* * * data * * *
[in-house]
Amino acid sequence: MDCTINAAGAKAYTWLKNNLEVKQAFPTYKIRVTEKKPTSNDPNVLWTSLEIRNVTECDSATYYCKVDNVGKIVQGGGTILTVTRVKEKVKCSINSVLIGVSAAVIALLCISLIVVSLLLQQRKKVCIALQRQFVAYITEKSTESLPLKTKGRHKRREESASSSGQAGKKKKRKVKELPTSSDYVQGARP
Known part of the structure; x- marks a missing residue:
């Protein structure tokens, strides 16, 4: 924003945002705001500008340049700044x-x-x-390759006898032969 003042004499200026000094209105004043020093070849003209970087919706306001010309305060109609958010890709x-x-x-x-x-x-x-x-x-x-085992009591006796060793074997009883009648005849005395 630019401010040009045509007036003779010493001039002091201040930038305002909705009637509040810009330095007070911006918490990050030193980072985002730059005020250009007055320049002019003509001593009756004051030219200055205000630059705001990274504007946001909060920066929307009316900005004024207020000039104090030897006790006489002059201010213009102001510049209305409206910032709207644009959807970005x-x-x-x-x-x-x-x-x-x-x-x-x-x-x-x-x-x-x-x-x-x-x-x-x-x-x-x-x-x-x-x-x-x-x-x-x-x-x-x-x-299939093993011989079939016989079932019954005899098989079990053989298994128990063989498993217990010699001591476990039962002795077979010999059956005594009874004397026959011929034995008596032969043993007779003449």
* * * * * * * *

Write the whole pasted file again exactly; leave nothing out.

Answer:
[in-house]
Amino acid sequence: MDCTINAAGAKAYTWLKNNLEVKQAFPTYKIRVTEKKPTSNDPNVLWTSLEIRNVTECDSATYYCKVDNVGKIVQGGGTILTVTRVKEKVKCSINSVLIGVSAAVIALLCISLIVVSLLLQQRKKVCIALQRQFVAYITEKSTESLPLKTKGRHKRREESASSSGQAGKKKKRKVKELPTSSDYVQGARP
Known part of the structure; x- marks a missing residue:
């Protein structure tokens, strides 16, 4: 924003945002705001500008340049700044x-x-x-390759006898032969 003042004499200026000094209105004043020093070849003209970087919706306001010309305060109609958010890709x-x-x-x-x-x-x-x-x-x-085992009591006796060793074997009883009648005849005395 630019401010040009045509007036003779010493001039002091201040930038305002909705009637509040810009330095007070911006918490990050030193980072985002730059005020250009007055320049002019003509001593009756004051030219200055205000630059705001990274504007946001909060920066929307009316900005004024207020000039104090030897006790006489002059201010213009102001510049209305409206910032709207644009959807970005x-x-x-x-x-x-x-x-x-x-x-x-x-x-x-x-x-x-x-x-x-x-x-x-x-x-x-x-x-x-x-x-x-x-x-x-x-x-x-x-x-299939093993011989079939016989079932019954005899098989079990053989298994128990063989498993217990010699001591476990039962002795077979010999059956005594009874004397026959011929034995008596032969043993007779003449």